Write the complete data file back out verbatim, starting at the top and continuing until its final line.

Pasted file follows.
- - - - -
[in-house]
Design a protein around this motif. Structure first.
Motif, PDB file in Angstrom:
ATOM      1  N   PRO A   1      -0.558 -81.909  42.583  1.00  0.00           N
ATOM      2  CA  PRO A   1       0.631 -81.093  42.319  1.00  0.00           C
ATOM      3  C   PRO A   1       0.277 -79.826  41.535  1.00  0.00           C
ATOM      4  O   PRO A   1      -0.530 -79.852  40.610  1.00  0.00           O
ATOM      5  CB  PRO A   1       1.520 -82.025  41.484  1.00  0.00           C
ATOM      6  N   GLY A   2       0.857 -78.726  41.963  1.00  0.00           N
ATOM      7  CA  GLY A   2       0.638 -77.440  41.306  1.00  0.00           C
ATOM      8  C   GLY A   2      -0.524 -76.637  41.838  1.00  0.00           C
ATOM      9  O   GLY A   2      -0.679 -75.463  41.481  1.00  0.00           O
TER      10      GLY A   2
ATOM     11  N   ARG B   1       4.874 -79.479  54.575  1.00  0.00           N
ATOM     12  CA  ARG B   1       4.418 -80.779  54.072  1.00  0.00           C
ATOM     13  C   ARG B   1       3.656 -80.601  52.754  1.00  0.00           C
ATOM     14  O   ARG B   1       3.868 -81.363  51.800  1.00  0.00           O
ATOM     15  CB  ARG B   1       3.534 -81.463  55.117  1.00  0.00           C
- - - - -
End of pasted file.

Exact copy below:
[in-house]
Design a protein around this motif. Structure first.
Motif, PDB file in Angstrom:
ATOM      1  N   PRO A   1      -0.558 -81.909  42.583  1.00  0.00           N
ATOM      2  CA  PRO A   1       0.631 -81.093  42.319  1.00  0.00           C
ATOM      3  C   PRO A   1       0.277 -79.826  41.535  1.00  0.00           C
ATOM      4  O   PRO A   1      -0.530 -79.852  40.610  1.00  0.00           O
ATOM      5  CB  PRO A   1       1.520 -82.025  41.484  1.00  0.00           C
ATOM      6  N   GLY A   2       0.857 -78.726  41.963  1.00  0.00           N
ATOM      7  CA  GLY A   2       0.638 -77.440  41.306  1.00  0.00           C
ATOM      8  C   GLY A   2      -0.524 -76.637  41.838  1.00  0.00           C
ATOM      9  O   GLY A   2      -0.679 -75.463  41.481  1.00  0.00           O
TER      10      GLY A   2
ATOM     11  N   ARG B   1       4.874 -79.479  54.575  1.00  0.00           N
ATOM     12  CA  ARG B   1       4.418 -80.779  54.072  1.00  0.00           C
ATOM     13  C   ARG B   1       3.656 -80.601  52.754  1.00  0.00           C
ATOM     14  O   ARG B   1       3.868 -81.363  51.800  1.00  0.00           O
ATOM     15  CB  ARG B   1       3.534 -81.463  55.117  1.00  0.00           C